IT Service Level Agreements: What is Expected from IT?

Why Are IT Service Level Agreements Important?

Instead of beginning with the impact of implementing Service Level Management, it might be easier to imagine the outcome of not having a technology solution documenting, tracking, and reporting IT Service Level Agreements (SLA) information accurately, consistently, and efficiently. The SLA is the commitment between a service provider and a customer, defining the quality, availability, and responsibilities of the contract. Without the knowledge and resources to plan and design SLAs effectively, organizations are unable to understand their contracted responsibilities, measure service performance levels correctly, identify improvement opportunities based upon performance metrics, and demonstrate service levels are performing as intended.

LISTEN to the companion Podcast about IT Service Level Agreements.

Once a contract is signed, it becomes a promise.

Think about what it takes to keep a promise.

From a similar perspective, what should an organization do to keep their contracts, which are ultimately promises made at the business level?

In the case of IT, are there standardized SLA processes in place? Are proactive, organization-wide technology solutions managing availability and performance present within the organization? What strategies have been established to ensure service level targets are being met and maintained?

Whether these are internal or external facing, clearly defining what is being covered explains expectations and responsibilities. This can include hours of service, response and resolution times, exclusions and exceptions, and compensation or penalty for a breached service level. If management has not clearly defined the services, service targets, performance metrics,  key performance indicators, and turnaround times, the customer and its end-users can potentially suffer false expectations.

Who Defines a Service Level Agreement?

When I think of the word “agreement,” it implies the provider has negotiated the performance standards, response times, and costs associated with delivering incorrect service levels, yet in my experience, often, I find these discussions have not been done in a thorough-enough manner, which ultimately impacts the customer and service provider. When defining the agreement, it needs to be a bidirectional sit-down engagement to lay out precise terms and time frames. In addition, the organization and the customer must agree on key metrics measuring performance, including the good and bad. When establishing mutually agreed upon, realistic SLAs, IT has a tendency to work harder to achieve the desired results. Identifying the metrics to measure quality clarifies to customers that the performance levels and expectations are being met successfully by all parties involved.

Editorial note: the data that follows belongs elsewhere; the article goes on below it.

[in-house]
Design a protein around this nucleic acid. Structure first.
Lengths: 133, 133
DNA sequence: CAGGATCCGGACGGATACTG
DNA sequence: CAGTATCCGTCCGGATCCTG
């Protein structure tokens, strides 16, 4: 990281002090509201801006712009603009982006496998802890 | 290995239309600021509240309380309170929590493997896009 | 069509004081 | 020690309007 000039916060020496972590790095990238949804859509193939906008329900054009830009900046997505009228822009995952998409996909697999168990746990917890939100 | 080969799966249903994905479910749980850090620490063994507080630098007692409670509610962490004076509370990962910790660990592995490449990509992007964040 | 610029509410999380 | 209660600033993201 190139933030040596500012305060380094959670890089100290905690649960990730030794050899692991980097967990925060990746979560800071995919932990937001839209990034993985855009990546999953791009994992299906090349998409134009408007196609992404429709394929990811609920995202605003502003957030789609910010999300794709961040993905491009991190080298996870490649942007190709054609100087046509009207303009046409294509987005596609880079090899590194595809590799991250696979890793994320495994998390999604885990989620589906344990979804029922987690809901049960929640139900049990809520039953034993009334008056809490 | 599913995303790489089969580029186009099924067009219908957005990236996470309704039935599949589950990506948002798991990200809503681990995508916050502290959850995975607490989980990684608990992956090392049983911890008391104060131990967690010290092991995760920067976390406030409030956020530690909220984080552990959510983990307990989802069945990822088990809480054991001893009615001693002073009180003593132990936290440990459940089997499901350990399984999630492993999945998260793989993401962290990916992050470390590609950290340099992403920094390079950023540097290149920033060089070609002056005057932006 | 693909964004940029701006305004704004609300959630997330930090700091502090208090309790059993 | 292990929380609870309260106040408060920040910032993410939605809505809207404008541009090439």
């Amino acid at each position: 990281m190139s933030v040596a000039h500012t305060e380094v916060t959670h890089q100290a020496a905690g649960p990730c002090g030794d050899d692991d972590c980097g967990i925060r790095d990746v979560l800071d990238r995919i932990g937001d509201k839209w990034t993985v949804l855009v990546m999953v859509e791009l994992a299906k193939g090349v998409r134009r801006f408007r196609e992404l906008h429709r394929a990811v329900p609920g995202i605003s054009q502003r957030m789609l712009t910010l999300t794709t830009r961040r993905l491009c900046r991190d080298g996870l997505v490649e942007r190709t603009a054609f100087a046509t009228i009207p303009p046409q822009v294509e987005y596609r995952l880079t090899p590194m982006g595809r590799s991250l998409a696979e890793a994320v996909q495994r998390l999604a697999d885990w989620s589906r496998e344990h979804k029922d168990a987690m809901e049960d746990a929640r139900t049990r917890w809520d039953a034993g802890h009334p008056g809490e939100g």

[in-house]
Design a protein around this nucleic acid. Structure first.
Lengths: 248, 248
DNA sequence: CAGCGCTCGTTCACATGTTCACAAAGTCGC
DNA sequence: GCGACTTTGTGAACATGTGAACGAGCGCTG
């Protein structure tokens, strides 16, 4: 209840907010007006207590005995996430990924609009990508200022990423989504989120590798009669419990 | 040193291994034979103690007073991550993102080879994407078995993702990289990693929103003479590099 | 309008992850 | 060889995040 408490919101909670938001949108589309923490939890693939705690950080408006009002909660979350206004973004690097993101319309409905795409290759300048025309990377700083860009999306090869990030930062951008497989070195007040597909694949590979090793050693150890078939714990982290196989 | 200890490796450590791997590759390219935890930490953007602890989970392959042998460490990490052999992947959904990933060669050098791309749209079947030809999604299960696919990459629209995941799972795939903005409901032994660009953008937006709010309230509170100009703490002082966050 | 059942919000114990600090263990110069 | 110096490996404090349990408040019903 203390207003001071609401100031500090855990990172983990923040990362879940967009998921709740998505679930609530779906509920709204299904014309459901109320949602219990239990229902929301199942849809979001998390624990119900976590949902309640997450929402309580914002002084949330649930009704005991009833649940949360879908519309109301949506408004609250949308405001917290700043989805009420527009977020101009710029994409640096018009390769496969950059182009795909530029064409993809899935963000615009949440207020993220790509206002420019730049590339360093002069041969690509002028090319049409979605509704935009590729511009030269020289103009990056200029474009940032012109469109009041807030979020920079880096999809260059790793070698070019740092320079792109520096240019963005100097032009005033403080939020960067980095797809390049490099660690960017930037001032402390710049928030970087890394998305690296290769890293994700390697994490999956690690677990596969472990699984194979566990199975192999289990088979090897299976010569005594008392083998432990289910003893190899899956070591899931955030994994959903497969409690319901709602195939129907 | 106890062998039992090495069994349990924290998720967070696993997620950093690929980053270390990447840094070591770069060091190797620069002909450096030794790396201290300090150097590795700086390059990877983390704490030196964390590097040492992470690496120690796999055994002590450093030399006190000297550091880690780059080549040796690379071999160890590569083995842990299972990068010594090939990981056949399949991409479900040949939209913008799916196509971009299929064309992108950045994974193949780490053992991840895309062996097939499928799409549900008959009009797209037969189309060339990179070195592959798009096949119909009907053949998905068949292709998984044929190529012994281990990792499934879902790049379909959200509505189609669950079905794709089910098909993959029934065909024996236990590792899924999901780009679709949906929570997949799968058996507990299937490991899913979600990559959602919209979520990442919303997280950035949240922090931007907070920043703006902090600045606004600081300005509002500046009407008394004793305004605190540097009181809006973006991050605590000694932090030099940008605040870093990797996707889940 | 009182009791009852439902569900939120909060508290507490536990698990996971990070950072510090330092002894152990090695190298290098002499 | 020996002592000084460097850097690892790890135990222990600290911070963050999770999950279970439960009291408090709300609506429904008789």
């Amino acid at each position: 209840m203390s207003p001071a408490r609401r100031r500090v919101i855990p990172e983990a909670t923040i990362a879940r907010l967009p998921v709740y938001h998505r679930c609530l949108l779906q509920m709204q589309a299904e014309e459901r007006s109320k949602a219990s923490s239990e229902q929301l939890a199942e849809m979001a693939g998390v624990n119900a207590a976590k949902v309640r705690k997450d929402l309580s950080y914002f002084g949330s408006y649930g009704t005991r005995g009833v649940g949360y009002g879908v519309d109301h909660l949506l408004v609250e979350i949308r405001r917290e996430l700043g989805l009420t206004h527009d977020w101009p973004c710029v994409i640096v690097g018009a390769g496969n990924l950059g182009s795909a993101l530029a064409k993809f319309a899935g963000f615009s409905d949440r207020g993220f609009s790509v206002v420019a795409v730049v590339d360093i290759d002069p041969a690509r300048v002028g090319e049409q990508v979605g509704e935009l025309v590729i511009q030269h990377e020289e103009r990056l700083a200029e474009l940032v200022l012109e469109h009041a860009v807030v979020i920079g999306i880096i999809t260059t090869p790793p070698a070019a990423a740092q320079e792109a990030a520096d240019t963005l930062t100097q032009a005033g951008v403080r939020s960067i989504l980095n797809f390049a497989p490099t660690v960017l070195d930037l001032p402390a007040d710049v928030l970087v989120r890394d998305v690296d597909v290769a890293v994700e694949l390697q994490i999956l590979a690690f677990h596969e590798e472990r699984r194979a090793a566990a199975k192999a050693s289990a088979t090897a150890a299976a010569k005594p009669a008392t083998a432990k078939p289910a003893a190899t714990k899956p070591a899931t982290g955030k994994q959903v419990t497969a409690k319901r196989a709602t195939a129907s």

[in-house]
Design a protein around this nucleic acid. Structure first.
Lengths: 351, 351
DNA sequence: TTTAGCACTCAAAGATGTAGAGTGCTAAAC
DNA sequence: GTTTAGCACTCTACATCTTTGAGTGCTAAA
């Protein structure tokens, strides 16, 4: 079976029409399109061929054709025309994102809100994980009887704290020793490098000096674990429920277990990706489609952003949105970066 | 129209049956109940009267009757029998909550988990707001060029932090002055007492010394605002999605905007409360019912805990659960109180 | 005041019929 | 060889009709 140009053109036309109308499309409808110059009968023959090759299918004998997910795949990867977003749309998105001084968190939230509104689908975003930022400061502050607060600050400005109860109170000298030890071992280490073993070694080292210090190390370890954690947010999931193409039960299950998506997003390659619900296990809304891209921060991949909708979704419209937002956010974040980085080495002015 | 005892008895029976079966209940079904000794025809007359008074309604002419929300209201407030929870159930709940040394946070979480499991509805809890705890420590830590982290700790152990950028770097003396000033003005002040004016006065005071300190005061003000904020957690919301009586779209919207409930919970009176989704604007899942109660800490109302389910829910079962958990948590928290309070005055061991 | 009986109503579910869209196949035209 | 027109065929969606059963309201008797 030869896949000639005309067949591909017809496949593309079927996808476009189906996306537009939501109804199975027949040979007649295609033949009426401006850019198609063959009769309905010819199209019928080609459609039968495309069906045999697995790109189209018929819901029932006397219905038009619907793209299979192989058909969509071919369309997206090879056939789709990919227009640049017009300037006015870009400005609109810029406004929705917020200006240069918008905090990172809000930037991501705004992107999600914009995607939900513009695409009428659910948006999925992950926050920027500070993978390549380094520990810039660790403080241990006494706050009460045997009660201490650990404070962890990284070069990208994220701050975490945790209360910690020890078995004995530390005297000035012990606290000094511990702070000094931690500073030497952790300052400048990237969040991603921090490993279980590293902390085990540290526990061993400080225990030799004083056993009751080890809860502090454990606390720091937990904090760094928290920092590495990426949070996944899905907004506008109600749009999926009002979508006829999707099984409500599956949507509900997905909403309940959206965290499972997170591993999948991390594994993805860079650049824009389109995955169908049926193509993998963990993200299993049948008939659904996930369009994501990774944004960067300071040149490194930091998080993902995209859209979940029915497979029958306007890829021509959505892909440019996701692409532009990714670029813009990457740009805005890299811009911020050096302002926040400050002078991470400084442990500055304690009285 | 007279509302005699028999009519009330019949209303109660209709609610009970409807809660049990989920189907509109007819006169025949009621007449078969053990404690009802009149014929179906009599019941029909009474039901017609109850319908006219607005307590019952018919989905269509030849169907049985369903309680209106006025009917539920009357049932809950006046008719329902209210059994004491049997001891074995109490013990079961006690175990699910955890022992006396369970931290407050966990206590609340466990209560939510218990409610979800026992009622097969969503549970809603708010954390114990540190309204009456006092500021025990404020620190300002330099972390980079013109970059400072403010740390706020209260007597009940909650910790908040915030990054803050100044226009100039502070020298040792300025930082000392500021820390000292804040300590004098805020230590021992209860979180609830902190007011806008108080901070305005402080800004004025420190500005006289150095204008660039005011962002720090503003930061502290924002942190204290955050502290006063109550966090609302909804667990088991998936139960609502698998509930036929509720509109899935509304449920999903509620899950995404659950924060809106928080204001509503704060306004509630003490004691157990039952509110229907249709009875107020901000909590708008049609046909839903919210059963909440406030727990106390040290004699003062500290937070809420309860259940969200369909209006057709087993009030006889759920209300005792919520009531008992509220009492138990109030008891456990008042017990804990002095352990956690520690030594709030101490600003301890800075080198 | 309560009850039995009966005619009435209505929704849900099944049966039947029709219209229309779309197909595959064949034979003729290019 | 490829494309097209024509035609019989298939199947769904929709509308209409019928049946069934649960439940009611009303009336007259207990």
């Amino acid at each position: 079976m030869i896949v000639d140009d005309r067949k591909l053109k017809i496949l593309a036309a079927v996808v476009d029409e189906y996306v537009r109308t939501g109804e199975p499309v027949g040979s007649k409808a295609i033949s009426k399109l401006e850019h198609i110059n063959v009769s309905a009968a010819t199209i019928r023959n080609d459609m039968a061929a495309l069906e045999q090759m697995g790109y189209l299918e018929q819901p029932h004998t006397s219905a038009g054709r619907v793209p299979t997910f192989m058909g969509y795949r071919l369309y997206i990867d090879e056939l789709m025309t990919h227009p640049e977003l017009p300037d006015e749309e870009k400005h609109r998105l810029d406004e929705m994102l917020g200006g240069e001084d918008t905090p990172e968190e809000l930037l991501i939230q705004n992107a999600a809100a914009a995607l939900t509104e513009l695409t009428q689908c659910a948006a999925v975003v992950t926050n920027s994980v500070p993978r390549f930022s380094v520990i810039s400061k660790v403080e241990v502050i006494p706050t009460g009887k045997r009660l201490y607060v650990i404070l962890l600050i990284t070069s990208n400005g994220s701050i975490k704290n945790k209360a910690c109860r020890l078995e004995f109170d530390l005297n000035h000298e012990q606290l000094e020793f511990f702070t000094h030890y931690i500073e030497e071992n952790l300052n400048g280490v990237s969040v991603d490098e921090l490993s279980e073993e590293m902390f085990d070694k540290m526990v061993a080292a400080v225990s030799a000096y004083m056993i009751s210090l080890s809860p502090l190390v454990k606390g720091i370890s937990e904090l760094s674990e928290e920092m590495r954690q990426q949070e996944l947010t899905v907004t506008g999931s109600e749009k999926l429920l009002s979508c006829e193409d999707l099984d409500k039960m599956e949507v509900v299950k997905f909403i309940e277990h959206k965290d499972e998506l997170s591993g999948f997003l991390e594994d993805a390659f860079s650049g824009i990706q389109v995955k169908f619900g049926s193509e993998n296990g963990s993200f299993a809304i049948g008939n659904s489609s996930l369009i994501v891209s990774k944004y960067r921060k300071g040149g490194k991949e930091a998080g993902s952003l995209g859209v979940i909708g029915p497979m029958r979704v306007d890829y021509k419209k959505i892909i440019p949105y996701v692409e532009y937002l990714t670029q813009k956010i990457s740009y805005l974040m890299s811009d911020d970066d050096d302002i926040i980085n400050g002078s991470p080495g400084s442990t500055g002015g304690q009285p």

Who Is in Charge of Service Level Agreements?

Organizational leadership impacted by the IT services should be in charge of deciding Service Level Agreements. Likewise, it is essential that stakeholders are brought into the conversation because a clearly defined different types of SLAs helps provide valuable information to the organization regarding what additional resources, technology upgrades, staff augmentations, or new hires are required to meet said service levels. In this way, organizations can fully assess the changes necessary to fulfill technology requirements and satisfy end-user expectations. In some organizations with centralized IT, departments within the organization are responsible for the usage of infrastructure, data transfer, software licenses, and other IT resources. The cost of service consumption can be passed on as chargebacks to the departments serviced by IT.

Documenting and publishing negotiated service level targets clearly communicates what is expected from IT and IT services. To meet these demands with transparency and consistency, organizations need a technology solution to track service levels accurately, deliver a preventative response when service levels perform incorrectly, and report metrics against accurate ticket records. If there is no technology solution in place executing these responsibilities, it is a moot point because there is no possible manner to accurately measure, report, or demonstrate SLAs are being delivered successfully.

Flycast Partners provides flexible IT technologies enabling organizations to deliver the right level of service and meet or exceed customer needs. With our assistance, organizations can plan, track, and manage performance effectively, ensuring service levels perform within their defined targets.

Contact Flycast Partners to learn more about how our experienced IT engineers can help rapidly deploy technology solutions, implement standardized processes, and digitally transform your service management capabilities to build robust Service Level Agreements to increase the real and perceived value to any customer, not dependent upon being internal or external.

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